Local News

WRAL & UCP Tradition Continues with Star Fest '98

Posted January 16, 1998 12:00 a.m. EST

— A 29-year tradition continues this weekend. Star Fest '98, a celebration for United Cerebral Palsy, began once more on Sunday morning. It's a tradition of helping that can really change lives.

Retired WRAL TV5 anchor Charlie Gaddy carried the microphone for the early telethons... back when Dennis James took the fundraiser from town to town.

Listen toauor Real Audiofile. "I guess my earliest memories are, 'Gosh, this is live. This is 19 and a half hours. What am I doing here? How am I going to do it?'"

Listen toauor Real Audiofile. "He had an amazing strength and an amazing way of pacing himself, and he truly believed in the cause." Jane Phillips, of UCP of North Carolina, remembers telethons 20 years back. She says James would do the big telethon in New York City, then travel across the country. Raleigh was among his stops.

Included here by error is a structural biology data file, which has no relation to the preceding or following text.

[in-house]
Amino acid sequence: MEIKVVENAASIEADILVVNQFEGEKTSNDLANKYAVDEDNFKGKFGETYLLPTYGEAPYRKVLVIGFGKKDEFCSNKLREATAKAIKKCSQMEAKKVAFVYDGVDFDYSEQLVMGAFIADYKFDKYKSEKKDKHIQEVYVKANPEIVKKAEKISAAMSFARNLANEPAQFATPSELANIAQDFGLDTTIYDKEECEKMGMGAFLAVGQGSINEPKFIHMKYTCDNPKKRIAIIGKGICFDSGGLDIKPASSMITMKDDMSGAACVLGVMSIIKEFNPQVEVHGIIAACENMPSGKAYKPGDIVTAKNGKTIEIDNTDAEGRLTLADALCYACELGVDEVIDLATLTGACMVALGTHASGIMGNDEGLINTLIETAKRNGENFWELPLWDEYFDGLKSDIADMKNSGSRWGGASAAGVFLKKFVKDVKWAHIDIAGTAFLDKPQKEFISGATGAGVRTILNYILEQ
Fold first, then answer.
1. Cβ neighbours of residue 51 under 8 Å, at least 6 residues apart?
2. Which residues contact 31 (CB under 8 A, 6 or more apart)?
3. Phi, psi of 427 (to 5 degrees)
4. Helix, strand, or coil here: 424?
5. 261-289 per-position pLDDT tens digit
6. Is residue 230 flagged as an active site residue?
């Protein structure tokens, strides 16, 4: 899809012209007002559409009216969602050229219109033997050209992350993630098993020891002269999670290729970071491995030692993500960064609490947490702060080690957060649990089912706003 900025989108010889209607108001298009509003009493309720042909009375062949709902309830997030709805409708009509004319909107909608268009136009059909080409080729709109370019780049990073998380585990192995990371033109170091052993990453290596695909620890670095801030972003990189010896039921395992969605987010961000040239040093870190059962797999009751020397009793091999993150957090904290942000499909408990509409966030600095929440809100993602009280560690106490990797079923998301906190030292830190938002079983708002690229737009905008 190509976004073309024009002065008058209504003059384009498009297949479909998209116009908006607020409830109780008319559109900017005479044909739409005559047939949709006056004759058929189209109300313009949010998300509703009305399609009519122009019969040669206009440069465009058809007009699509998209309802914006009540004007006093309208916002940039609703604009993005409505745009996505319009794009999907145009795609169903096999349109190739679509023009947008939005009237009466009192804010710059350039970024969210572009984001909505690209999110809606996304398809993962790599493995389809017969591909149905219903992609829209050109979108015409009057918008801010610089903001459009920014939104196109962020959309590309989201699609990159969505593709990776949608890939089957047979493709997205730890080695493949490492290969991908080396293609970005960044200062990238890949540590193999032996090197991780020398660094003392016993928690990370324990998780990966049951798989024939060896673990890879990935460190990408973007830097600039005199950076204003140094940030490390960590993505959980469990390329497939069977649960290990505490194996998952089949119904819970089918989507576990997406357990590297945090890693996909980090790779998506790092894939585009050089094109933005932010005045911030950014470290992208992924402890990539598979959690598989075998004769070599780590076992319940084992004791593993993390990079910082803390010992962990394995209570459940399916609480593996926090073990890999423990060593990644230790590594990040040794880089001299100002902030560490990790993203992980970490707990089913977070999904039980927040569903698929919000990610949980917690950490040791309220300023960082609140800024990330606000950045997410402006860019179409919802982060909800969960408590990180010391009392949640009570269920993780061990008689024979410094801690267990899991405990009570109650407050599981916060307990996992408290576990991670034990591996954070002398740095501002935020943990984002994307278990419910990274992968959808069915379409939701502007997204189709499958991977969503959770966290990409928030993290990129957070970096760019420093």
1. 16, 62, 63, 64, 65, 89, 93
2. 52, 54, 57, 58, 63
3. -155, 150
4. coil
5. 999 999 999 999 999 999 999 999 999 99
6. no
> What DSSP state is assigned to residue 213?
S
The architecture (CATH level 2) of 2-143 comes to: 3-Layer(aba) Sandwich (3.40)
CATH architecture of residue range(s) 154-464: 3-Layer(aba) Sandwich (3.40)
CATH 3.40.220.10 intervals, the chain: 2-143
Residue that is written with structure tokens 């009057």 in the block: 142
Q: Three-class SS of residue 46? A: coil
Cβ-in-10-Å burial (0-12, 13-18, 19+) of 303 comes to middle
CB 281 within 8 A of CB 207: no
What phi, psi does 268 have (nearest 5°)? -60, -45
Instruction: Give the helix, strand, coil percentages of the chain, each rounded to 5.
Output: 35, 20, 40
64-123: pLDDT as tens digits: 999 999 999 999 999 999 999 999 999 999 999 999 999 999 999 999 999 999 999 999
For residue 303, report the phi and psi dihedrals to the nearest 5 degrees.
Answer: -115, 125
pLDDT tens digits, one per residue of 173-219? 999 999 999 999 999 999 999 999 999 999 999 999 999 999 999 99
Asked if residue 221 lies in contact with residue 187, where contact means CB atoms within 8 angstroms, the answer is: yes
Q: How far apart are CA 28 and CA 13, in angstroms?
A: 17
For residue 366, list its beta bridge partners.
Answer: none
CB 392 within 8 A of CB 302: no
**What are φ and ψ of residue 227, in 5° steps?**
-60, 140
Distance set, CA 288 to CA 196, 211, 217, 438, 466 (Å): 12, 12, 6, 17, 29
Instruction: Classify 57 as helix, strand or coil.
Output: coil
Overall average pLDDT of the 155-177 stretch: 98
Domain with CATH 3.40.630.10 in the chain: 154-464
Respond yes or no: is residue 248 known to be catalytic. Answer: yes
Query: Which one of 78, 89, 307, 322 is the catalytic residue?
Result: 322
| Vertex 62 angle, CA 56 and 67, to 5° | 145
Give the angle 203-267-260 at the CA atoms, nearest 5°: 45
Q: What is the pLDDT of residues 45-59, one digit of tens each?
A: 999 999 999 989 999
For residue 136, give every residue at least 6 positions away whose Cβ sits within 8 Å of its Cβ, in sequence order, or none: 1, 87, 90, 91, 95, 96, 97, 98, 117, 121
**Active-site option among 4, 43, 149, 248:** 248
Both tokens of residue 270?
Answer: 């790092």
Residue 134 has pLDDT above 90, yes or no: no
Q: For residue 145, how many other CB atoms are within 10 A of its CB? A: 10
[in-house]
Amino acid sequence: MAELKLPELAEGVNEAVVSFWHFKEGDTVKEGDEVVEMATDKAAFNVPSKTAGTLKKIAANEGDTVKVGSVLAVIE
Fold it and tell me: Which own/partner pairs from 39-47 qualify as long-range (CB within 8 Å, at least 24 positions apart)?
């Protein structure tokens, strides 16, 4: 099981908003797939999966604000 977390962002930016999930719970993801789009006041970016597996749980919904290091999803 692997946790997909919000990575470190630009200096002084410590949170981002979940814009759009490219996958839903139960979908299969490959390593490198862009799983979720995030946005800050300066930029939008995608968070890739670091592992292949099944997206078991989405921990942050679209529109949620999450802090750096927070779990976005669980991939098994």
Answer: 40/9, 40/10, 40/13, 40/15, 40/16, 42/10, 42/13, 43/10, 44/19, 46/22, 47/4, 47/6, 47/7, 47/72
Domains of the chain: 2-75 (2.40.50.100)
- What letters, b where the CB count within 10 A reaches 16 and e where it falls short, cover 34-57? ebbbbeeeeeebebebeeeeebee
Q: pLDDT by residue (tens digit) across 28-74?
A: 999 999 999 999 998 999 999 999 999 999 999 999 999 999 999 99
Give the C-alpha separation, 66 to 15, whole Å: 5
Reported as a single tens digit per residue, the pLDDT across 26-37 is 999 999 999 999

Evidence of many of those memories survive only in her scrapbooks.

Listen toauor Real Audiofile. "We had Danny Bonaduce from the Partridge Family, Robert Reed from the Brady Bunch... The Hagers, stars of Hee Haw." For Gaddy, Burt Reynolds and James Brolin come to mind. National stars came to town in the early years before Star Fest became a national television production with local cut-ins.

According to UCP's Towana Green, despite the scaled back show here at home, donations have increased all the more.

Listen toauor Real Audiofile. "WRAL.. your viewing area has actually increased and our watchers and supporters have increased. So we've gone from minimal thousands to millions." Your generosity over the years has made Star Fest not only a rich tradition, but one that has transformed lives.

If you'd like to continue the tradition of giving, Star Fest '98 will be on WRAL-TV until 7 p.m. Sunday.

A portion of this year's broadcast will come from North Hills Mall with some fabulous entertainment. Merchants at the mall are helping the cause this year by donating $1,000 to United Cerebral Palsy.